Zoos are facilities in which animals are confined within enclosures, displayed to the public, and in which they may also be bred. Zoo animals usually live in enclosures that attempt to replicate their natural habitats, for the benefit of the animals and the visitors. They may have special buildings for nocturnal animals, with dim white or red lighting used during the day, so the animals will be active when visitors are there, and brighter lights at night to help them sleep. Special climate conditions are created for animals living in radical environments, such as penguins. Special enclosures for birds, insects, reptiles, fish, and other aquatic life forms have also been developed. Some zoos have walk-through exhibits where visitors enter enclosures of non-aggressive species, such as lemurs, marmosets, birds, lizards, and turtles. The position of most modern zoos is to breed animals for conservation.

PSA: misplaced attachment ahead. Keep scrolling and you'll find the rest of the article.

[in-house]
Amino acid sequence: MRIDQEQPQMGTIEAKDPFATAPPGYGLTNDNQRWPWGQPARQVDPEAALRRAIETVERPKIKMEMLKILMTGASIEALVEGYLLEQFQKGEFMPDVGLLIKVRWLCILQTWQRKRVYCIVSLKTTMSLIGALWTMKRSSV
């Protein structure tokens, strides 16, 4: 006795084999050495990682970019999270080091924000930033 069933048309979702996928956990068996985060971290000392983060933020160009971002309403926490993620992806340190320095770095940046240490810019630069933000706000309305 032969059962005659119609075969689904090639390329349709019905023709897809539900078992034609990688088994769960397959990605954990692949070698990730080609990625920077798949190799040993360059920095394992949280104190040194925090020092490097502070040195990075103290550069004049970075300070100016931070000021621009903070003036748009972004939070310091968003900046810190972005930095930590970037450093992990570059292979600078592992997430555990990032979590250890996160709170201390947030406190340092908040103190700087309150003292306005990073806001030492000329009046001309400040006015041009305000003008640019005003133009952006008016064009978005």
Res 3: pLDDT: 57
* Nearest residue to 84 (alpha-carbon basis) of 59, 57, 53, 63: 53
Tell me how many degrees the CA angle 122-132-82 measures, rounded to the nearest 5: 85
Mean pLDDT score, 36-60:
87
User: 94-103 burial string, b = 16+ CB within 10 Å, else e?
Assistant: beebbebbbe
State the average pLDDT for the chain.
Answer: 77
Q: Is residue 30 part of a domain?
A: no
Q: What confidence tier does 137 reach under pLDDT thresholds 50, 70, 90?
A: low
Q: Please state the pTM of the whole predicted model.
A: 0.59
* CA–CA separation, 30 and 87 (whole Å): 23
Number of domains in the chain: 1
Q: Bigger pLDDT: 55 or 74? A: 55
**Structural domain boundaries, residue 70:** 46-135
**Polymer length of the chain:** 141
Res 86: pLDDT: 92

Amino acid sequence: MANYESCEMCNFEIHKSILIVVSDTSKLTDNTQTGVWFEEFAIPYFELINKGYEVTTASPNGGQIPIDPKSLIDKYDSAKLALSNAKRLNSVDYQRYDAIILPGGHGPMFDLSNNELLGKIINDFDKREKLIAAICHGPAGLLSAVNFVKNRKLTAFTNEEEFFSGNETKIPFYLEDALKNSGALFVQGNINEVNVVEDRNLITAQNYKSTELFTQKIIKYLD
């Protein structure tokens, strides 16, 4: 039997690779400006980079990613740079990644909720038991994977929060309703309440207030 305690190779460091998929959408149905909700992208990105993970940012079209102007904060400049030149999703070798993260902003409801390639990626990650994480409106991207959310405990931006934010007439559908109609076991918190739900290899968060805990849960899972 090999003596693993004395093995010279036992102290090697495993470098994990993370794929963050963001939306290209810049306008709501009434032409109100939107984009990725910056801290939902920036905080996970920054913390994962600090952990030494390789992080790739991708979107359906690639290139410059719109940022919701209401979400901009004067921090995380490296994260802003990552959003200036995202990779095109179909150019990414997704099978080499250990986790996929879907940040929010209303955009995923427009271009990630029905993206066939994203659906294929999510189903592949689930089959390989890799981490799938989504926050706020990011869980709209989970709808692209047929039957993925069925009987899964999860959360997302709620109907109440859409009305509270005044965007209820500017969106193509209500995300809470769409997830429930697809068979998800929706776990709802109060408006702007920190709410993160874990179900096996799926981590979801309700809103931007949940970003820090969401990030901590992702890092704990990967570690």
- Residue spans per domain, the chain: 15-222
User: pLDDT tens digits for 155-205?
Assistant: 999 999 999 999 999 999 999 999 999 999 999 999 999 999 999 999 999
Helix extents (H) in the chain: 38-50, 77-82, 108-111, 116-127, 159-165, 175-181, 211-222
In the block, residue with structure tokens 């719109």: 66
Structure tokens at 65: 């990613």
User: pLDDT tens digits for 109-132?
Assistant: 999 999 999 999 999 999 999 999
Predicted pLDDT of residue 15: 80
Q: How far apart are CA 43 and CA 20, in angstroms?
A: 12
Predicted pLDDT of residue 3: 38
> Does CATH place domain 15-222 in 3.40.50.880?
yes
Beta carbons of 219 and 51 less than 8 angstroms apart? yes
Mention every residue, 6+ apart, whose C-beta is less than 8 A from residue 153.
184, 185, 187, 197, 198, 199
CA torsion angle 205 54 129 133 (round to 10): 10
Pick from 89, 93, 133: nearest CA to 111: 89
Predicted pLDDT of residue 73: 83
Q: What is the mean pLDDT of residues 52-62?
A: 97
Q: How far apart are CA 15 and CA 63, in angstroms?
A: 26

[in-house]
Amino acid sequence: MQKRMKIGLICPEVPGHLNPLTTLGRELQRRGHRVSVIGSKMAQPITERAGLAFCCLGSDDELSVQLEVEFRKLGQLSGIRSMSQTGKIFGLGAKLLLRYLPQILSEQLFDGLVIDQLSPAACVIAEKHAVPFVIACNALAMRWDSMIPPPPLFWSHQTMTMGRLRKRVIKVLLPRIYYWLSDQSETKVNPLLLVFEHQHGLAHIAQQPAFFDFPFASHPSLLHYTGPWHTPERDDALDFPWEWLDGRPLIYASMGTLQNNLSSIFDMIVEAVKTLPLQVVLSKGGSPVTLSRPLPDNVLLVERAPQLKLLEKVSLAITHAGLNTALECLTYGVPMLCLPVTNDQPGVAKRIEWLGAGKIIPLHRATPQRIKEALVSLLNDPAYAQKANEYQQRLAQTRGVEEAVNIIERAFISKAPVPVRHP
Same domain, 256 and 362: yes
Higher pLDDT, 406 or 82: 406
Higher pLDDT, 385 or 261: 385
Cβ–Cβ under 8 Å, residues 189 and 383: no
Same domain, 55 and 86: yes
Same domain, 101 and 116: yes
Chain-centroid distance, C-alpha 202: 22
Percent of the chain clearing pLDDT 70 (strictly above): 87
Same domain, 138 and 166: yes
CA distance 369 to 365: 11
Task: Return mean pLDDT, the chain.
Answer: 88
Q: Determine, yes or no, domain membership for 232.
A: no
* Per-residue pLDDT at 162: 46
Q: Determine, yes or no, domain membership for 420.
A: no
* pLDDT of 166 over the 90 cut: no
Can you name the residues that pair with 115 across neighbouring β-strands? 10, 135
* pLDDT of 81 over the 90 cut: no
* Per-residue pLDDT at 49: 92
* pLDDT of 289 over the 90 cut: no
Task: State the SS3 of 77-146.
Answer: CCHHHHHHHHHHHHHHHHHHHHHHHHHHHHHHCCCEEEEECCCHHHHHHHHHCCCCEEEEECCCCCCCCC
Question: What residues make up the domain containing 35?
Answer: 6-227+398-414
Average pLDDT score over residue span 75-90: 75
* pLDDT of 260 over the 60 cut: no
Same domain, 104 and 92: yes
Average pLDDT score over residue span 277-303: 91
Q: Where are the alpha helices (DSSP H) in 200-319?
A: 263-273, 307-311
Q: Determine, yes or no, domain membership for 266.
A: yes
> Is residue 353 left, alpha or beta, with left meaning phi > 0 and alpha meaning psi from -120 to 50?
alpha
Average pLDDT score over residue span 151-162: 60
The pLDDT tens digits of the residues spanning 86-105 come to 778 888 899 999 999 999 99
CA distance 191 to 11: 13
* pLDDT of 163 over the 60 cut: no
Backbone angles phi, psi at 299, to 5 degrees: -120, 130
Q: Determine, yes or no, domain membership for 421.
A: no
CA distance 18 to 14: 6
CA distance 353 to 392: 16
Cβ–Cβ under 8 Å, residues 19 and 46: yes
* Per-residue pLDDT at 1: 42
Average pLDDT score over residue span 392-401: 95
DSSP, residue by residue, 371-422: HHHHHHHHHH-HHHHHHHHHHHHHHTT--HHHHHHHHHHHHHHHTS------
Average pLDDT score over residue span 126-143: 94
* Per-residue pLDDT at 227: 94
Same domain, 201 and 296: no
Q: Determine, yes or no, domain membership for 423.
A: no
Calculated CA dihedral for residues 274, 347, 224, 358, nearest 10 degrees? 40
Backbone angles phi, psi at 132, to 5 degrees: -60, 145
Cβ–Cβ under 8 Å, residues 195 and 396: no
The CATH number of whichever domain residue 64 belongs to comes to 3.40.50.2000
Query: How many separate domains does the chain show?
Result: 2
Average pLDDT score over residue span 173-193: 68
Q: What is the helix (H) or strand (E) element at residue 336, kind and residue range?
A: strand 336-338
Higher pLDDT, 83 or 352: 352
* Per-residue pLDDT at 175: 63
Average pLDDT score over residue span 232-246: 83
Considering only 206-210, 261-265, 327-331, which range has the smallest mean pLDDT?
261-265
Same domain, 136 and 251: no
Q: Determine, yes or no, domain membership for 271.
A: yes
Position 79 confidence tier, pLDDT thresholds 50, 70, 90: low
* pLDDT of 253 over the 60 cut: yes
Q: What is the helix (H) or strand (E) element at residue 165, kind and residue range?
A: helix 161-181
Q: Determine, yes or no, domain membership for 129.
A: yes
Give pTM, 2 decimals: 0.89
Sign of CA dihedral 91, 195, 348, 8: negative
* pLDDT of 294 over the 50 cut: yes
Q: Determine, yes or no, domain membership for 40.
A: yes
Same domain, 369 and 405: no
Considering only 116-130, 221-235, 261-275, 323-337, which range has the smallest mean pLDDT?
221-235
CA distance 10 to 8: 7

Aquariums are the aquatic counterpart of a zoo, housing living aquatic species for viewing. Most public aquaria feature tanks larger than those which could be kept by home aquarists, as well as smaller tanks. Since the first public aquariums were built in the mid-1800s, they have become popular and their numbers have increased. Most modern accredited aquaria stress conservation issues and educating the public.
The Vancouver Aquarium was one of the first facilities to incorporate professional naturalists into the galleries to interpret animal behaviours. Prior to this, at the London Zoo Fish House, naturalists James S. Bowerbank, Dr. E Lankester, Mr D. Mitchell and Philip Henry Gosse (the creator of the word aquarium) had regularly held "open house" events, but the Vancouver Aquarium was the first to employ educational naturalists on a full-time basis. (Read more...)